Fisker, the maker of electric cars founded by Danish auto designer Henrik Fisker, is preparing to enter a Chinese market where competition is getting stiffer, following in the footsteps of another stalwart American player, Lucid.
Fisker plans to open a delivery center in China this year and begin deliveries of the Fisker Ocean SUV, its first all-electric model, in the first quarter of 2024, according to the company’s latest announcement. It also aims to start manufacturing in China early next year with the potential to add 75,000 Ocean SUVs to its production capacity.
Owning a facility in China should help Fisker meet some of the “strong demand” it’s received from Europe and the US, prompting it to raise its production target to 42,400 by the end of 2023.
The California-based EV startup has already done some preparatory work building government relationships, which, as we’ve seen in the case of Tesla’s deal with the Shanghai government, is a crucial step for doing business in China.
Fisker’s leadership team recently visited China and met with officials and business leaders in Shanghai to discuss collaborations and opportunities in the region, according to its announcement. The talks focused on supply chains, logistics, warehousing and future production development.
Fisker fits into the luxury segment of the electric vehicle world, which puts it in competition with China’s homegrown premium EV brand Nio. In a market in a price war sparked by aggressive price cuts from Tesla, even Nio, which had previously committed not to join the price war, last week announced a $4,000 cut in all of its products.
Nio is nowhere near the dominant positions of BYD and Tesla. In April, Chinese electric car giant BYD accounted for nearly a quarter of the entire electric vehicle market, while Tesla ranked second with 12%, according to data from the China Passenger Car Association.
Nio ended the first four months of 2023 with sales south of 40,000 units and a 3.4% share of the entire electrical sector, according to the association’s data.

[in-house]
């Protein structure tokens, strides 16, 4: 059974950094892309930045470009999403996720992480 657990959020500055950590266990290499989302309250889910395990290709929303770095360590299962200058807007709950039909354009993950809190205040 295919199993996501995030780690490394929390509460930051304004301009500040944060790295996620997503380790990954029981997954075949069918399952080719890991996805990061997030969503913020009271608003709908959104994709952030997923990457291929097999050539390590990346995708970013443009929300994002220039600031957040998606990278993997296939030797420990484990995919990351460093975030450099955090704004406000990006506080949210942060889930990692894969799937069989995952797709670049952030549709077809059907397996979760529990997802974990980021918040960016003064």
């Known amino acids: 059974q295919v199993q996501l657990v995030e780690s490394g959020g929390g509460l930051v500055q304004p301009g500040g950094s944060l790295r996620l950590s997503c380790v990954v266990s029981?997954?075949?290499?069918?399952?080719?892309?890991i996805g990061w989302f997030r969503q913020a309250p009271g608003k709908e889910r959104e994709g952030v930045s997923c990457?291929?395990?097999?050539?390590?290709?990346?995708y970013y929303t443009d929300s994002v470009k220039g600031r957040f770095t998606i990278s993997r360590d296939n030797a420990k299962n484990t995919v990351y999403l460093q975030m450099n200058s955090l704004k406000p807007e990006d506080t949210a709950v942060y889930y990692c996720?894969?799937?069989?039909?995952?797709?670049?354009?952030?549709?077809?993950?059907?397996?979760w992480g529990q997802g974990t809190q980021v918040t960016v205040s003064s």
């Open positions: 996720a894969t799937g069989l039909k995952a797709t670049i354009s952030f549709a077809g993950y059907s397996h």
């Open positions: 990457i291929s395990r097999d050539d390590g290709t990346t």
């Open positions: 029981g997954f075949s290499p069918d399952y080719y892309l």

Fisker envisions a brighter future for its expansion into China, banking on both the massive market size and the country’s appetite for international luxury cars. The company seems to be betting on the idea that the super-rich, who have been avid buyers of Audi, Benz and BMW, will look to ABB (characteristically affectionately called in China for its popularity) in the age of electrification.
“First, China accounts for one-third of global car sales, approximately 26 million vehicles in 2022, of which electric vehicles account for 6-7 million, with a share of 25%,” said Daniel Foa, a member of the Fisker Board of Directors in China.
“In 2023 year-to-date, that percentage has grown to around 27%. Second, the luxury and affordable luxury segment is growing faster than the public sectors. Fisker fits into this segment thanks to its unique history, features, and design.”
“China has always enjoyed high acceptance of traditional international brands of high-quality cars,” he added. “There has been a rapid shift to electrification from government policies and consumer behavior alike. Fisker is one of only two global EV-only companies that are viable alternatives to traditional brands.”
Mr. Fisker is no stranger to the Chinese capital market. In 2014, Wanxiang Group, China’s largest auto parts company (which also owns a sprawling web3 investment empire), acquired the assets of Fisker Automotive, the original auto company Mr. Fisker founded and went bankrupt.